I'll never forget the time we had the VP of Marketing for an upcoming retail brand and her team in our conference room for a “chemistry meeting”. By all measures, this account was a reach for us, but somehow I managed perception and expectations well enough that she seemed genuinely interested in who we were and what we could do for the XYZ company.
The meeting started off well enough. I told her we had some slides to share about us and the work we had done in her category, but first, we wanted to get to know each other. Yes, it's the oldest trick in the book, but one I've found to be sadly underutilized. What I really wanted to do was get her to reveal any pain points, urgent needs and why we intrigued her – information we would readily playback in our story.
The conversation was flowing and upbeat. She mentioned “lack of senior-level attention”, “lack of energy”, “reactive rather than proactive account people”, all the juicy morsels I eat up and spit back in eloquent solutions. I scanned the room to see my team truly engaged in the conversation until I arrived at our president. I saw her eyes glazing over and immediately interrupted with a question to her about past experience within the category, a subject I knew she could immediately own. Whew! Dodged a bullet.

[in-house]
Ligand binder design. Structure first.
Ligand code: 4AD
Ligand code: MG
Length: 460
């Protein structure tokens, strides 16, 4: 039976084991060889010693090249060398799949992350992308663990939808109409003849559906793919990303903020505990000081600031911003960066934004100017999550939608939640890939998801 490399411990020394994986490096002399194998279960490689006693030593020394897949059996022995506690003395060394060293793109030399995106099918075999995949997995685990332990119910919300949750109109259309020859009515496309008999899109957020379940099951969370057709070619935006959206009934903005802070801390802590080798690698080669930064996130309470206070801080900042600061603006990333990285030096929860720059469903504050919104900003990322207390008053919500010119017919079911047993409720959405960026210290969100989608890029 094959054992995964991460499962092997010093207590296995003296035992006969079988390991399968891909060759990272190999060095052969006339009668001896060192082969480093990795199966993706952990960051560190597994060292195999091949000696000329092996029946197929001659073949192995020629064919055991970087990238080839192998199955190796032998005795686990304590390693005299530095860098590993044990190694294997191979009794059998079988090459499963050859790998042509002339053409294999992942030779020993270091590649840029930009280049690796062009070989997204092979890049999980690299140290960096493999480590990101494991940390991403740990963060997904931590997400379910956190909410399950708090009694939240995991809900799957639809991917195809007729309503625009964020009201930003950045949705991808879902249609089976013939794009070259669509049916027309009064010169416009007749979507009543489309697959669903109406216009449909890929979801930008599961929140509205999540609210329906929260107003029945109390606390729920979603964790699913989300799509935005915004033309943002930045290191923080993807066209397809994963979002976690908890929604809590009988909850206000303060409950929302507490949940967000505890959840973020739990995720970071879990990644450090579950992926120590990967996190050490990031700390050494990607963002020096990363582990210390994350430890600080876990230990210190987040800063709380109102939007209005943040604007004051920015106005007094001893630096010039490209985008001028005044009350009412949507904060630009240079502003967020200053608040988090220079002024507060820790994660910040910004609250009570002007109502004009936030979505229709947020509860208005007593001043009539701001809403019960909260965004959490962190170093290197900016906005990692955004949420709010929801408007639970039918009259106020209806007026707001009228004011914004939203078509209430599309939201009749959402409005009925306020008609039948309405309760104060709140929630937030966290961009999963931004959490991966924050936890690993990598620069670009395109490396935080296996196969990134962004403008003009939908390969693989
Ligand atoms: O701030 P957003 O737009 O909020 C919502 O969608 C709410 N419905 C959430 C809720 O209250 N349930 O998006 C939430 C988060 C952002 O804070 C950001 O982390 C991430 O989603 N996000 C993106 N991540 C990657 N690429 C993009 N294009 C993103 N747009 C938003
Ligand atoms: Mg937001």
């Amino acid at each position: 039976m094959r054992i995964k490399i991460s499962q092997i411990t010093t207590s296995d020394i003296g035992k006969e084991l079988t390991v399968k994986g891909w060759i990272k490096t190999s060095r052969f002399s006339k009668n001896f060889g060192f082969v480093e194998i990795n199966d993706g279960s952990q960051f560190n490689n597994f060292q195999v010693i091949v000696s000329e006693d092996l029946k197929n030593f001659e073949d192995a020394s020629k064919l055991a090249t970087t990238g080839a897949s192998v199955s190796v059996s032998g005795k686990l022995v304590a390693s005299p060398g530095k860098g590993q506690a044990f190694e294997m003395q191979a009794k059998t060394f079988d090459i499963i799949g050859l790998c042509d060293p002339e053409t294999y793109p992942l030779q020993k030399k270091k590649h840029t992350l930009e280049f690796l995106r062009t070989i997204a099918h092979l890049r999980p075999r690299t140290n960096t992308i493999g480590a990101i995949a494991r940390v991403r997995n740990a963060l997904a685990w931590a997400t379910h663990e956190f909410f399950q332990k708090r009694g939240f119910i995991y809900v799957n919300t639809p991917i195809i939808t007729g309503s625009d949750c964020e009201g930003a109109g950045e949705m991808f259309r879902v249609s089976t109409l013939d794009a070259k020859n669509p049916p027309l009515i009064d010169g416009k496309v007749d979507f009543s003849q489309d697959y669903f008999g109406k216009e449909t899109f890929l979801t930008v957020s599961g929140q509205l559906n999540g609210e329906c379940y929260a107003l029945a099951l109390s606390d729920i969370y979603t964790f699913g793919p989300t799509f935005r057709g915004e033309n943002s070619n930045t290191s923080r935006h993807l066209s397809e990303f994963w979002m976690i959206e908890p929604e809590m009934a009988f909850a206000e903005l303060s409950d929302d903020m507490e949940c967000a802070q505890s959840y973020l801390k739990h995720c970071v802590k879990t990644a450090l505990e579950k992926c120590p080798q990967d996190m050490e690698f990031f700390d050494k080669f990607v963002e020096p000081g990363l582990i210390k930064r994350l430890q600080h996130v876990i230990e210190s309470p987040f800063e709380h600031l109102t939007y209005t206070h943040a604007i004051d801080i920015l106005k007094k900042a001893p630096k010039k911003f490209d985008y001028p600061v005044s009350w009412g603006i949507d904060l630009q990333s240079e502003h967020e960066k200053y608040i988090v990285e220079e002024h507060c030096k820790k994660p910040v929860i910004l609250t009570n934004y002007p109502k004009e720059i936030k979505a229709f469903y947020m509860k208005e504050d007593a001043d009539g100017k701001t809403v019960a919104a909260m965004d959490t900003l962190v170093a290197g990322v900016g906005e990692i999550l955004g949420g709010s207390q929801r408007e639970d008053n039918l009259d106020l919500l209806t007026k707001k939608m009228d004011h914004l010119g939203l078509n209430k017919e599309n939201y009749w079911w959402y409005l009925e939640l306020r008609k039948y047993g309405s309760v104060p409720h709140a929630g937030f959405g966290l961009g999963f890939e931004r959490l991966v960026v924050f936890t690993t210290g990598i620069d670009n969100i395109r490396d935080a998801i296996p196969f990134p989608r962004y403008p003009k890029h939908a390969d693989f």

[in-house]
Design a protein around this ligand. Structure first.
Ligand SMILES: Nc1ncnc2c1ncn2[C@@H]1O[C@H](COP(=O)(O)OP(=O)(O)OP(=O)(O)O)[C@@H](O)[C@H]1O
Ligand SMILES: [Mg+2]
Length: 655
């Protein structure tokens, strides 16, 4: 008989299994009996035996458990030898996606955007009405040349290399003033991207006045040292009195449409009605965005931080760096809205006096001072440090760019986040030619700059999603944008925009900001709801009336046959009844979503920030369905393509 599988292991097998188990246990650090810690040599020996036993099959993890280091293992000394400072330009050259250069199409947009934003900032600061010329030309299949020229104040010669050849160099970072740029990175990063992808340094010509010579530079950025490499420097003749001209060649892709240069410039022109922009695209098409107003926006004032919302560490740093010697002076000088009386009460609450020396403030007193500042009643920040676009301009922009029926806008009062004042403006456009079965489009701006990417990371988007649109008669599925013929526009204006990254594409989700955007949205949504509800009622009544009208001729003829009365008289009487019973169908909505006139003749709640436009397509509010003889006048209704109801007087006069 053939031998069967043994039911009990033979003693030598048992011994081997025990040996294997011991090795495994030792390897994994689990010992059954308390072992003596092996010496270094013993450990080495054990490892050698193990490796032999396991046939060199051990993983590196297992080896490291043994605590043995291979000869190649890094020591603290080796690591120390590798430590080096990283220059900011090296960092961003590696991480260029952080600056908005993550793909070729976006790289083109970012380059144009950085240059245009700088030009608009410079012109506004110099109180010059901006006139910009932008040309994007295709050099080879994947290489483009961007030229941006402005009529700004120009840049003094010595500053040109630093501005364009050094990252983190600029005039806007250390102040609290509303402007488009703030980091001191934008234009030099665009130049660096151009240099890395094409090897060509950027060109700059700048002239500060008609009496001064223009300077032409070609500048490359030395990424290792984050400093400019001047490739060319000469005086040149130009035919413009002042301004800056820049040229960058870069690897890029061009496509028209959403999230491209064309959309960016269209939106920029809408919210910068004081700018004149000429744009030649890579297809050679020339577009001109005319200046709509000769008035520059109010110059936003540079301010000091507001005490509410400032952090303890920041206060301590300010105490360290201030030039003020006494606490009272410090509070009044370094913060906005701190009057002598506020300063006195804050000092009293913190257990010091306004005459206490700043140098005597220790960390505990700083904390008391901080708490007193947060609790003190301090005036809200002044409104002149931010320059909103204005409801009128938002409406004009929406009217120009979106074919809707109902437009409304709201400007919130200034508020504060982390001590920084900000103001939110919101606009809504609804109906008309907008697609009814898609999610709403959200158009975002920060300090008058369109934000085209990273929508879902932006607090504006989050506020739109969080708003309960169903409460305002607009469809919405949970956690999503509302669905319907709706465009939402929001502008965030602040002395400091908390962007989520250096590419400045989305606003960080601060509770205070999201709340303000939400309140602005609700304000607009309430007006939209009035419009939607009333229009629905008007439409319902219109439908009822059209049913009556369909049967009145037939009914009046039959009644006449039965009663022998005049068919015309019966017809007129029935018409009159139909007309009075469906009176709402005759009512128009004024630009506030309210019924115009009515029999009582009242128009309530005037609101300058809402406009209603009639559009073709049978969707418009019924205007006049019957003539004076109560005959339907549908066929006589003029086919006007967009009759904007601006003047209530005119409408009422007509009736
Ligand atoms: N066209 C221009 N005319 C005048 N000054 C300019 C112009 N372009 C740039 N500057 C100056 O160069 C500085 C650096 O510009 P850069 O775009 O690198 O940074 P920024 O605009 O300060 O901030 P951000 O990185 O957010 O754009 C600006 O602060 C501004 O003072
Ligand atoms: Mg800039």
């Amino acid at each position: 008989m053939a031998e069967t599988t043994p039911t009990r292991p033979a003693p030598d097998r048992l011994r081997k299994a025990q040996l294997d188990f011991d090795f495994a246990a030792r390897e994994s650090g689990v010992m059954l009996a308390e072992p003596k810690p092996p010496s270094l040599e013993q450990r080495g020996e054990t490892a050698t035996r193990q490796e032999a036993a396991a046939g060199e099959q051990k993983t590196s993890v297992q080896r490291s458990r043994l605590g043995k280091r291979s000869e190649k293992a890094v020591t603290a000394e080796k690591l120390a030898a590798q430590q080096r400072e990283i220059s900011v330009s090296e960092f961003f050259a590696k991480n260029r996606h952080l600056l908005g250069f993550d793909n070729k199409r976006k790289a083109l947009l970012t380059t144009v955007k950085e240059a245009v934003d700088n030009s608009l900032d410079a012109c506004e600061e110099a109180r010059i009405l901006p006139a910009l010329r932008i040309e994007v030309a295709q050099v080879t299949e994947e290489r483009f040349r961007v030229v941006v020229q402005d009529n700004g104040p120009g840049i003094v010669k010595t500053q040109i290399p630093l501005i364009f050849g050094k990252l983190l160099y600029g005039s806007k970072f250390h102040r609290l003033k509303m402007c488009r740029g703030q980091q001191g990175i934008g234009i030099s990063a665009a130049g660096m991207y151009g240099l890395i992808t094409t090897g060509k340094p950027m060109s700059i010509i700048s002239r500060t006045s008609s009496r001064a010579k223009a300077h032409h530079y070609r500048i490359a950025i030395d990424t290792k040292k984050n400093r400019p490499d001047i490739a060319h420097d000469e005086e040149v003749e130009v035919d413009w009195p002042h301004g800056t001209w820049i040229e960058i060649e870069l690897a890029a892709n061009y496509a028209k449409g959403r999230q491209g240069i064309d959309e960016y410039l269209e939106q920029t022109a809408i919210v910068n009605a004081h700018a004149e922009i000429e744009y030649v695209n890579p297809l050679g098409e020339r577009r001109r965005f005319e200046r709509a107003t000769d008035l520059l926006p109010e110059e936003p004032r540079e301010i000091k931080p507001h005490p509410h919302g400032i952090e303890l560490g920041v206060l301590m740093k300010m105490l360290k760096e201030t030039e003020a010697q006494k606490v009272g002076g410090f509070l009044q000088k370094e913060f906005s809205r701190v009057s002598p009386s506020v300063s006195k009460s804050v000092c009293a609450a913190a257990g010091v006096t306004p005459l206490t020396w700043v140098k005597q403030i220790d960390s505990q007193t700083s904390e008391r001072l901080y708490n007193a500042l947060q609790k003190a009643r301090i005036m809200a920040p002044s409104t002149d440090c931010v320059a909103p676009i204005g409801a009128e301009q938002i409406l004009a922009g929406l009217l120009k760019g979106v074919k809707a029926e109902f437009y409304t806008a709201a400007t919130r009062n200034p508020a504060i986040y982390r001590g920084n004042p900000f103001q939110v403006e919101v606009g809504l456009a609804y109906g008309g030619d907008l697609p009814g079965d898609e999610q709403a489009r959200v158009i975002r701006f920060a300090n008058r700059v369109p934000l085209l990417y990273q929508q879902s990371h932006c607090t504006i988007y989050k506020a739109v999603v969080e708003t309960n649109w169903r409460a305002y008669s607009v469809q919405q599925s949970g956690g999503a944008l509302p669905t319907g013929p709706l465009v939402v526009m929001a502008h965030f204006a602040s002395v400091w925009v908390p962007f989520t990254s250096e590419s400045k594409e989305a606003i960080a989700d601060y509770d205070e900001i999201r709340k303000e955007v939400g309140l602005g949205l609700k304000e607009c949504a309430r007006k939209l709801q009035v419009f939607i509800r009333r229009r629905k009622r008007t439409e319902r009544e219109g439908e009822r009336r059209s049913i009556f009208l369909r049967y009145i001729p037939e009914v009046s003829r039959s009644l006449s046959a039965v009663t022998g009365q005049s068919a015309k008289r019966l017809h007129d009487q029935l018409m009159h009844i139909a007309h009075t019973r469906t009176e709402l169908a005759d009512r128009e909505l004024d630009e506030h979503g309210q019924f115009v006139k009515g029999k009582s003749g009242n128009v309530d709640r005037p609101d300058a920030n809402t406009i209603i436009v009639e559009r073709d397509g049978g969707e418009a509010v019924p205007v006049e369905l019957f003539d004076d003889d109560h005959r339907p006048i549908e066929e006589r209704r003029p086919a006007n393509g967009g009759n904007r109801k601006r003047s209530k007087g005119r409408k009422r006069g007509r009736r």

The conversation continued, gaining momentum and camaraderie. I felt the connection. I gather my keywords. I visualized the team breaking the ribbon at the finish line. Then I felt the president's head come to rest on my shoulder – asleep like a baby. The conversation screeched to a halt. Dead, deadly, deafening silence. The VP stared and cocked her head. My account director lifted her out of her chair and walked her out of the room while I apologized profusely. Sadly it was not the first time our president had done that and needless to say it was the last time we saw the VP. Snatched from the jaws of victory, the agony of defeat.
What’s your worst pitch story? Do share.
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